“The ocean soundscape is one of the most important sources of information for marine animals,” explains Professor Andy Radford, of the University of Bristol.

“So we hope that our study will prompt management actions to reduce man-made noise levels in the ocean, thereby allowing marine animals to re-establish full use of their acoustic world.”

Dr Harry Harding, also of the University of Bristol, added: “We assessed the evidence contained in more than 10,000 papers to amass compelling evidence that man-made noise impacts marine life, from plankton to whales, in a whole suite of ways spanning physiology and behavior to survival and reproduction.”

Dr Lucille Chapuis, of the University of Exeter, said: “This unprecedented effort, bringing together an international coalition of the willing from across the marine acoustics community, showcases overwhelming evidence for the prevalence of impacts of human-induced noise on marine animals, highlighting the need for taking urgent action."

The collaboration involved 25 scientists from Saudi Arabia, UK, Netherlands, Germany, Spain, Denmark, Norway, USA, Canada, Australia and New Zealand.

“The deep, dark ocean is conceived as a distant, remote ecosystem, even by marine scientists,” Professor Duarte said.

“However, as I was listening, years ago, to a hydrophone recording acquired 1km underwater off the US West Coast, I was surprised to hear the clear sound of rain falling on the surface as the dominant sound in the deep-sea ocean environment.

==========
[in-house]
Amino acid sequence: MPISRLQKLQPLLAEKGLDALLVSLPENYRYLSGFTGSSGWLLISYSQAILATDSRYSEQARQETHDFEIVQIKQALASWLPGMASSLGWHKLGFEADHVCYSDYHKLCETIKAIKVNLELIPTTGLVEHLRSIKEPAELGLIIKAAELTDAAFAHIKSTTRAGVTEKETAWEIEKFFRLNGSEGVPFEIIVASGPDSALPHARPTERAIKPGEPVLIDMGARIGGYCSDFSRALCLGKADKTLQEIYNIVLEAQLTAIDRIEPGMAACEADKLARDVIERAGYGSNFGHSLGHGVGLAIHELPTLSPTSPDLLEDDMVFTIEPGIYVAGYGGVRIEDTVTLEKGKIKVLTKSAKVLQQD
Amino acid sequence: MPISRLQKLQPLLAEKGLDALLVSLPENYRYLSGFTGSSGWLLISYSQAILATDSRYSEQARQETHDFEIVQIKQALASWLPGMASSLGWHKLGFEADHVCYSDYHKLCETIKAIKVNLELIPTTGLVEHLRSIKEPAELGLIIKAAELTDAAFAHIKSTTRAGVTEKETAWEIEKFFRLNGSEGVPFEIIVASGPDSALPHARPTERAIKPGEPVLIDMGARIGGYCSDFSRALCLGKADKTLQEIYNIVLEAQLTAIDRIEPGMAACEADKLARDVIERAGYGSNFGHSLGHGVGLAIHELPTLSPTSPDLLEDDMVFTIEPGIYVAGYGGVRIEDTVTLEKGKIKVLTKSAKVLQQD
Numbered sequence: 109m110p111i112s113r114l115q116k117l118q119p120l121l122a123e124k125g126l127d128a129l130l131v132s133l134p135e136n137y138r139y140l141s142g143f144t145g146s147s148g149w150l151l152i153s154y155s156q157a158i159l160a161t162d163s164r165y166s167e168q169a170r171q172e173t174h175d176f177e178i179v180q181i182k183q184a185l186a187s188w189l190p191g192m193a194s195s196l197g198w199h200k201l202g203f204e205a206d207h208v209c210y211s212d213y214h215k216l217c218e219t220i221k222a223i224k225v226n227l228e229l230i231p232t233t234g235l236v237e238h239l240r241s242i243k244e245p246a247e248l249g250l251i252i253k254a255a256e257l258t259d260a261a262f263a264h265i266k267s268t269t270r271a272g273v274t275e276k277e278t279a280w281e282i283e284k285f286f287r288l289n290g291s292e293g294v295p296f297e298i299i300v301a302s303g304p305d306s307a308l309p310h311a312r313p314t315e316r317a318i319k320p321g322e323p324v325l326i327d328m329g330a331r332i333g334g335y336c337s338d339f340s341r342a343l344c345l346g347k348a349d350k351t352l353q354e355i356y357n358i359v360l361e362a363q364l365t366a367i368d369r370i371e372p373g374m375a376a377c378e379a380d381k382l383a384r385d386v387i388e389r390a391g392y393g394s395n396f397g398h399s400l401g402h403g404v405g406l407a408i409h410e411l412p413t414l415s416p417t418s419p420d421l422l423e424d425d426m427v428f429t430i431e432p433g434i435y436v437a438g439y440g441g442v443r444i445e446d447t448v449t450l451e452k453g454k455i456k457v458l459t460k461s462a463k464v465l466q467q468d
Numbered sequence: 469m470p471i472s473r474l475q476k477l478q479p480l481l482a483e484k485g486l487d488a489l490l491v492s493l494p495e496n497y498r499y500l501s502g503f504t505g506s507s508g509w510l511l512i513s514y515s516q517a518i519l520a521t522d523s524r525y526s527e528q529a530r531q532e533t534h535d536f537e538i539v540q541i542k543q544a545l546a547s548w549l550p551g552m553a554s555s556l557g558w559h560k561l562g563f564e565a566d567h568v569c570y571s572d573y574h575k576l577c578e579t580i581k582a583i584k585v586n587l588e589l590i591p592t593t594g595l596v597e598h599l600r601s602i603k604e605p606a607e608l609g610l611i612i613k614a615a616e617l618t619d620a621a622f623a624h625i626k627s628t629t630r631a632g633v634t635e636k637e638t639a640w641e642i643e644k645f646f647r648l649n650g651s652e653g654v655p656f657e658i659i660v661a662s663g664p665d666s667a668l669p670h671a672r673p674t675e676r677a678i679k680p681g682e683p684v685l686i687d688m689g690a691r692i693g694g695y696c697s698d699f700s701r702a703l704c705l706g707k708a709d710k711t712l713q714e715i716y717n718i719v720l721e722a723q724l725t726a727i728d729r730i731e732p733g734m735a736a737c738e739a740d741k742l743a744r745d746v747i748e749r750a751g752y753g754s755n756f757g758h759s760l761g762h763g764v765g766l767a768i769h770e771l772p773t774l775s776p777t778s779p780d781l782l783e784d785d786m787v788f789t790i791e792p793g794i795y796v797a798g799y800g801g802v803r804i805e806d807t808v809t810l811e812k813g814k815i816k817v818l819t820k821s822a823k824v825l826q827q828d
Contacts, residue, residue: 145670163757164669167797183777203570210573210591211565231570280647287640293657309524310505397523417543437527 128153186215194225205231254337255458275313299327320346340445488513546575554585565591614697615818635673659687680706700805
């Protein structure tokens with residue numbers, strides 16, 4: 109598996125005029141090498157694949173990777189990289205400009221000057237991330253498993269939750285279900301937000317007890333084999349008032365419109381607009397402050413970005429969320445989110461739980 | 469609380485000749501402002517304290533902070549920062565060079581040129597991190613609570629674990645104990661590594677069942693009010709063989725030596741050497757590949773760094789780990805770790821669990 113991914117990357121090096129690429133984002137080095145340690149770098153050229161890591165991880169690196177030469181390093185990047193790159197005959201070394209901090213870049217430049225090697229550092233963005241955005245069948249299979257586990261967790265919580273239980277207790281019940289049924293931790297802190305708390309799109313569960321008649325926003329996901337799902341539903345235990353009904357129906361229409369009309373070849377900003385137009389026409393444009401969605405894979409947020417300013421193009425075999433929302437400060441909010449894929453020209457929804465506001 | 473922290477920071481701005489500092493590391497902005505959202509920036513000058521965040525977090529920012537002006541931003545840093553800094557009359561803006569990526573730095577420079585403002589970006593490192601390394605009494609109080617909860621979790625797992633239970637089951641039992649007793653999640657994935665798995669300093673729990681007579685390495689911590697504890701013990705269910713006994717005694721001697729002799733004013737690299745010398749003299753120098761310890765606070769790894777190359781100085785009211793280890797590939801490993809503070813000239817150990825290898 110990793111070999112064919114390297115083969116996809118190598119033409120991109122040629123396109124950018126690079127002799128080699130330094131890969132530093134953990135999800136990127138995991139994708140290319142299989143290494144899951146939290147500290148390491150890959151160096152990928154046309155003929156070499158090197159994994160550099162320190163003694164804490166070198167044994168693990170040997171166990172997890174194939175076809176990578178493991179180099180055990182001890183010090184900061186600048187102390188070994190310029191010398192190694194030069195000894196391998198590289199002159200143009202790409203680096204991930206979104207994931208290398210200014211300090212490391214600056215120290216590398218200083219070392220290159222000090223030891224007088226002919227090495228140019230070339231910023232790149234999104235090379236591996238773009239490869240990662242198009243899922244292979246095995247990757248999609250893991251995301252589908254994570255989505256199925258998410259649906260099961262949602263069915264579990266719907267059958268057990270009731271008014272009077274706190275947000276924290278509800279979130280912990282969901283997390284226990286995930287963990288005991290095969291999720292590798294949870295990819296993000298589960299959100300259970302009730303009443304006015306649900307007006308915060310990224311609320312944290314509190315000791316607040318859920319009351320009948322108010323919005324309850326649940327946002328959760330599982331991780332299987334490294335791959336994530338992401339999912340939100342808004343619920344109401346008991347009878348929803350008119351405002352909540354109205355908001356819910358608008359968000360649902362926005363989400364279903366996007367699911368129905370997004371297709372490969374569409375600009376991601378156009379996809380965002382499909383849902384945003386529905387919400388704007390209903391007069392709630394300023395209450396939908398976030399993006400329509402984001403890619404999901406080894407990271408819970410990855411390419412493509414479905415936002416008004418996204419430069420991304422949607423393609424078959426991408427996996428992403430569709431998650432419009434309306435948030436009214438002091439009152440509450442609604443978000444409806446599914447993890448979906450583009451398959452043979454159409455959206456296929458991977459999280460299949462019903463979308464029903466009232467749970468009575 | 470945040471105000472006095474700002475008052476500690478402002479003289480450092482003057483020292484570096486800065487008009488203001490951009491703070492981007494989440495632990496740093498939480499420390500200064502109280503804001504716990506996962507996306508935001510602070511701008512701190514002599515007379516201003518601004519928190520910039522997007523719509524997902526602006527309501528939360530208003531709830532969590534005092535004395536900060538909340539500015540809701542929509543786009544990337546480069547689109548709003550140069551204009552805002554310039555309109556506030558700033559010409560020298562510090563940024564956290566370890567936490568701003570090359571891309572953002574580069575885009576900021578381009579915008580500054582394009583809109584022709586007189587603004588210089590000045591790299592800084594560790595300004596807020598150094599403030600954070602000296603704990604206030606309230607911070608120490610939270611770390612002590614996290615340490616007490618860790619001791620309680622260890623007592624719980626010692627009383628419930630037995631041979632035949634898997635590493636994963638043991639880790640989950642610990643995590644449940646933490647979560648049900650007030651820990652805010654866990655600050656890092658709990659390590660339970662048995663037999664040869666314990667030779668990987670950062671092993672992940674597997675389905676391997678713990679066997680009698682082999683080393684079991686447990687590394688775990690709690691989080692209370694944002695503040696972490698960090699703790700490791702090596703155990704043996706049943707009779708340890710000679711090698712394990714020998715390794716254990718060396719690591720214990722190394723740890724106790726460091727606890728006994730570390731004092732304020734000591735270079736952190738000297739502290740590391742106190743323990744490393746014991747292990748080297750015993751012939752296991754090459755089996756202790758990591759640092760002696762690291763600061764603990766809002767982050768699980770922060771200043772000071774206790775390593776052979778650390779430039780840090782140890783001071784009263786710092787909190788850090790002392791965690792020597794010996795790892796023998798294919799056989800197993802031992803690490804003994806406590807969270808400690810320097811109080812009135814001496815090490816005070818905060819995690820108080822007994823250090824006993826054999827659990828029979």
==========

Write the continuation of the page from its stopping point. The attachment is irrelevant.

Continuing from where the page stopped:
"I then realized how acoustically connected the ocean surface, where most human noise is generated, is to the deep sea; just 1,000 m, less than one second apart!"

Dr Nathan Merchant, of the Centre for Environment, Fisheries and Aquaculture Science, said: "In this comprehensive review, we demonstrate that to recover the health of the world’s oceans, we need to turn down the volume on human noise pollution.

“Our study identifies relatively easy ways to achieve this, from modifying ship propellers to using bubble curtains when building offshore windfarms.

"Policymakers can implement these measures by setting binding targets and providing economic incentives.”

Dr Tim Gordon, of the University of Exeter, added: “Deploying these mitigation actions is a low-hanging fruit as – unlike many other forms of human pollution, such as emissions of chemical pollutants and greenhouse gases – the effects of noise pollution cease upon reducing the noise, so the benefits are immediate.”

The study points at the rapid response of marine animals to the human lockdown under COVID-19 as evidence for the potential rapid recovery from noise pollution.

Using sounds gathered from around the globe, multimedia artist, and co-author of the study, Jana Winderen created a six-minute audio track that demonstrates both the peaceful calm, and the devastatingly jarring, acoustic aspects of life for marine animals.

By Exeter University

Journal Reference
Read the study titled ‘The soundscape of the Anthropocene ocean’ published in Science.